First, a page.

The Alberta government is currently considering how to regulate the distribution, sale and use of recreational cannabis in response to federal cannabis legalization. This process must take into consideration the strong association between cannabis and tobacco use and the potential for cannabis legalization to impact tobacco initiation and consumption.

Cannabis and tobacco are two of the most commonly used psychoactive substance in the world.  Approximately 17 percent of Canadians currently smoke tobacco products,1 and 12 percent of Canadians have used cannabis at some point during the previous year.2

Studies suggest that up to 90 percent of cannabis users are also tobacco users and that cannabis use during adolescence and early adulthood is associated with increased risk of initiation of tobacco use and nicotine dependence.3 Joint or mixed use of cannabis and tobacco is associated with an increased risk of adverse health effects4 more challenges when quitting,5 6 and greater risk of relapse.7  Thus, any increase in overall cannabis use resulting from legalization may increase tobacco use, particularly among youth.8 The smoking of cannabis in public settings also has the potential to renormalize public smoking and to threaten decades of progress in creating smoke-free environments.

Cannabis legalization presents a critical opportunity to develop comprehensive legislation that will support controls on recreational use of cannabis and fill gaps in tobacco control regulation.

Tobacco kills significantly more Canadians than Cannabis

Estimates of annual attributable deaths9 10

Taxation: Taxation should be a cornerstone of the province’s strategy to reduce tobacco and cannabis use, as its effectiveness in reducing consumption has been well documented.11 When implementing a cannabis tax framework in Alberta, tobacco taxes should also be increased to match tobacco product affordability levels in neighboring provinces and to reduce the likelihood of mixed/joint use of cannabis and tobacco. A significant portion of any new cannabis and tobacco tax revenue should be earmarked for research, programming and education to prevent and reduce the harms of substance use.

Retail Licensing: Evidence indicates that when strong retail licensing requirements are implemented and actively enforced, they are effective at reducing tobacco product sales to minors and can help reduce consumption among youth.12 Alberta’s regulatory framework for alcohol (managed by the Alberta Gaming and Liquor Commission) is a possible working model that could be used to develop a regulatory framework for cannabis and tobacco.

Protecting Youth: Several additional policy measures have been proven to protect youth from the dangers of tobacco use which can be applied to cannabis regulation. These measure also have the potential to decrease the negative impact of cannabis legalization on tobacco control. These measures include actively implementing and enforcing sales-to-minors restrictions, prohibiting flavoured products, maintaining smoke-free public spaces including a ban on cannabis smoking in public settings, prohibiting the colocation of tobacco, cannabis and alcohol retail sales, discouraging joint use or poly-substance use (the use of tobacco, cannabis and alcohol together is common among youth13), and prohibiting the sale of mixed products.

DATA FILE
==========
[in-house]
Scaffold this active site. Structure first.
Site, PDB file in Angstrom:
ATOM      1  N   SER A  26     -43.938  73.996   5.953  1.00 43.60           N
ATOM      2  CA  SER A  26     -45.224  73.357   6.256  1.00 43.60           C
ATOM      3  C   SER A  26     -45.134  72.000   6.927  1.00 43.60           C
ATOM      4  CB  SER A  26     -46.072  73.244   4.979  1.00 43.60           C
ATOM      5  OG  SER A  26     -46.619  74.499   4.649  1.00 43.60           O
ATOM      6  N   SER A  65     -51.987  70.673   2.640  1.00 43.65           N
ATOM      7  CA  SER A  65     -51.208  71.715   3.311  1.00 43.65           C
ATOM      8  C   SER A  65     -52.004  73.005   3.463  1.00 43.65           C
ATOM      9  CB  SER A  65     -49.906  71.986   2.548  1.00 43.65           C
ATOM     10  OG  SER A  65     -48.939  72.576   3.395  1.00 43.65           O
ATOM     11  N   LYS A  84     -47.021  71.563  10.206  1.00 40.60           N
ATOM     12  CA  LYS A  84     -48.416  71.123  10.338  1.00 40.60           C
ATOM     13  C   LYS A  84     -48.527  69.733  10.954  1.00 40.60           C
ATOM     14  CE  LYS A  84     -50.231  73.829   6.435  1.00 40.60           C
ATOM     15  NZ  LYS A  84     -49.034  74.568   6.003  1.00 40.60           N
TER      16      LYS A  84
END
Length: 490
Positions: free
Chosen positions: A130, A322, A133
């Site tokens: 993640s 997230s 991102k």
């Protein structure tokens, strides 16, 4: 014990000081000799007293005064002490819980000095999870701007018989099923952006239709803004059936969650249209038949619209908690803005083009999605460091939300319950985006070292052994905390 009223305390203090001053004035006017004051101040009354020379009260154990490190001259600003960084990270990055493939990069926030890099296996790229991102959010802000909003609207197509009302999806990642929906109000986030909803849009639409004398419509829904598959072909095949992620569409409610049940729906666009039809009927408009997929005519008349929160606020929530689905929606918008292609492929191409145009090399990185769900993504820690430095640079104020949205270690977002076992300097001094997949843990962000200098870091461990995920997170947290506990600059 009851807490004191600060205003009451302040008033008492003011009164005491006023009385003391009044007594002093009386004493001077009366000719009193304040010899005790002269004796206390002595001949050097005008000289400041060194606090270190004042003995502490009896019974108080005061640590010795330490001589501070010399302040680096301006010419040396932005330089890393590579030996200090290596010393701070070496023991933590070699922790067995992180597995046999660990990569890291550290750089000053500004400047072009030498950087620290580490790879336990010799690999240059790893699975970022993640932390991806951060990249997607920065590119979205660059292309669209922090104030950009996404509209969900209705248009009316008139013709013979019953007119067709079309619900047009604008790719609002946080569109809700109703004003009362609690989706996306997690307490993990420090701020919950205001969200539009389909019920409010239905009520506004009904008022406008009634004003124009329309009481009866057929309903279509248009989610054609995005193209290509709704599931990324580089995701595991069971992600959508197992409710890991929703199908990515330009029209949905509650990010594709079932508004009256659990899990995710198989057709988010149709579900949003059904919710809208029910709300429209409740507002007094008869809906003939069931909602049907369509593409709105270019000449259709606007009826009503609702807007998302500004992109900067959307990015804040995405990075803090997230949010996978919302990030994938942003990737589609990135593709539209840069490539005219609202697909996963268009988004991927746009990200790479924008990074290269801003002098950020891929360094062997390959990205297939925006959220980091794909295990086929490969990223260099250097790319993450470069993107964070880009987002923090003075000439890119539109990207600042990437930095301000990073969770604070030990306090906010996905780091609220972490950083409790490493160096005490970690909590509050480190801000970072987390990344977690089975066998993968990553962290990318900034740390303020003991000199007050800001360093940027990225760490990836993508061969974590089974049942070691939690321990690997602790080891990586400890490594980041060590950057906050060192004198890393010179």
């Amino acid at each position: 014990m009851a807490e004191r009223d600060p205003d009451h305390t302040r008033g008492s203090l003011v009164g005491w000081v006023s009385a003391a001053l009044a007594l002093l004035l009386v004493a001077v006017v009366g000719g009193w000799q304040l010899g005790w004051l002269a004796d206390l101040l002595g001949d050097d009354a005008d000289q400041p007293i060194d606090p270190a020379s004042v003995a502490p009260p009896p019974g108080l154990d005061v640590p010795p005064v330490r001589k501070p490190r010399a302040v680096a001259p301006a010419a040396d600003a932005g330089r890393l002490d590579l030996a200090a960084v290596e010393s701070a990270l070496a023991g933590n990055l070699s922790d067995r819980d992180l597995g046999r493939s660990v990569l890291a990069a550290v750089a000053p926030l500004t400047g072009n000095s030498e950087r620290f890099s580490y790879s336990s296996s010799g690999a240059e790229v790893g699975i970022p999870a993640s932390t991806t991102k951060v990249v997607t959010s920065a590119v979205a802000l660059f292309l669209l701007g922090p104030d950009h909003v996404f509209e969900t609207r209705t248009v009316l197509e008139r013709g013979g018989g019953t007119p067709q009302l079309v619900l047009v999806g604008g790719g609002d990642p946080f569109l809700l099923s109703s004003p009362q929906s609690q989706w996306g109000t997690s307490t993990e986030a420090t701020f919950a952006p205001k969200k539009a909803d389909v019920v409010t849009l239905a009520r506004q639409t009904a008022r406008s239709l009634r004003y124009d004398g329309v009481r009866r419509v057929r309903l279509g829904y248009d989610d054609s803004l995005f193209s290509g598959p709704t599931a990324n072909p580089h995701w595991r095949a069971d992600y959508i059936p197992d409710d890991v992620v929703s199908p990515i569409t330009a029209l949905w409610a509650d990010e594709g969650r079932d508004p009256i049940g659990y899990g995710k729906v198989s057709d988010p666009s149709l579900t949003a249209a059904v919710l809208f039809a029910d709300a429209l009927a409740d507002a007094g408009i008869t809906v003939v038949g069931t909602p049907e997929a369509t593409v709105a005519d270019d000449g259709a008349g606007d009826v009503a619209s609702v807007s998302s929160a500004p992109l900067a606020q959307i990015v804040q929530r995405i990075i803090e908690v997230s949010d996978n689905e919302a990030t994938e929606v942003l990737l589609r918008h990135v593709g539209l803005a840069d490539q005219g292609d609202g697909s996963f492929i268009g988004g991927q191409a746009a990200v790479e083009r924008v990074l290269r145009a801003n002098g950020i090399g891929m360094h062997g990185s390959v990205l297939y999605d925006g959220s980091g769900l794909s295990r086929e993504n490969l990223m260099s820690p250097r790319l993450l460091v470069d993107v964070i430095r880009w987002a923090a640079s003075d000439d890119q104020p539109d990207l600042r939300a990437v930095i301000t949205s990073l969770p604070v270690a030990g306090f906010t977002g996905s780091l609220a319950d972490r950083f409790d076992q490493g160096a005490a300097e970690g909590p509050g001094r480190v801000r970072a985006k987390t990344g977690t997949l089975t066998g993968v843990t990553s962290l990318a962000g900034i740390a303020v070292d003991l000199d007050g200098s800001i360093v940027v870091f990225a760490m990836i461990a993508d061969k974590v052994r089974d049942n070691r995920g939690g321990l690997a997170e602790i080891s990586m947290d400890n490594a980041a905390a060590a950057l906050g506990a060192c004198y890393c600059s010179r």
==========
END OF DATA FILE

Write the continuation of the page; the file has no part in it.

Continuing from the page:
Full text backgrounders


  1. Statistics Canada. Canadian Community Health Survey, 2015.
  2. Government of Canada. Canadian Tobacco Alcohol and Drugs (CTADS), 2015 Summary. March 2017.
  3. Agrawal, A, & Lynskey, M. T. Tobacco and cannabis co-occurrence: Does route of administration matter? (English). Drug And Alcohol Dependence 2009; 99(1-3), 240-247.
  4. Leos-Toro C, Reid JL, Madill CL, Rynard VL, Manske SR, Hammond D. Cannabis in Canada - Tobacco Use in Canada: Patterns and Trends, 2017 Edition, Special Supplement. Waterloo, ON: Propel Centre for Population Health Impact, University of Waterloo
  5. Agrawal, A, & Lynskey, M. T. Tobacco and cannabis co-occurrence: Does route of administration matter? (English). Drug And Alcohol Dependence 2009; 99(1-3), 240-247.
  6. Peters, E. N, Budney, A. J, Carroll, K. M., et al. Clinical correlates of co-occurring cannabis and tobacco use: a systematic review (English). Addiction (Abingdon. Print) 2012; 107(8), 1404-1417.
  7. Hindocha, C, Shaban, N. D, Freeman, T. P., et al. Associations between cigarette smoking and cannabis dependence: A longitudinal study of young cannabis users in the United Kingdom. Drug And Alcohol Dependence, 2012; 148165-171. doi:10.1016/j.drugalcdep.2015.01.004.
  8. Ibid
  9. Health Canada, Smoking and mortality Accessed June 2017:
  10. Fischer,Benedikt et. al.Crude estimates of cannabis-attributable mortality and
    morbidity in Canada–implications for public health focused
    intervention priorities. Journal of Public Health. Vol. 38, No. 1, pp. 183 –188 (2015).
  11. U.S. National Cancer Institute and World Health Organization. The Economics of Tobacco and Tobacco Control. National Cancer Institute Tobacco Control Monograph 21. Chapter 4. The impact of Tax and Price on the Demand for Tobacco Products. NIH Publication No. 16-CA-8029A. Bethesda, MD: U.S. Department of Health and Human Services, National Institutes of Health, National Cancer Institute; and Geneva, CH: World Health Organization; 2016.
  12. Pacula, R. L, Kilmer, B, Wagenaar, A. C., et al. Developing Public Health Regulations for Marijuana: Lessons From Alcohol and Tobacco. American Journal Of Public Health 2014; 104(6), 1021-1028. doi:10.2105/AJPH.2013.301766.
  13. Haines-Saah, R, Moffat, B, Jenkins, E., et al. The Influences of Health Beliefs and Identity on Adolescent Marijuana and Tobacco Co-Use. Qualitative Health Research, 24(7), 946-956.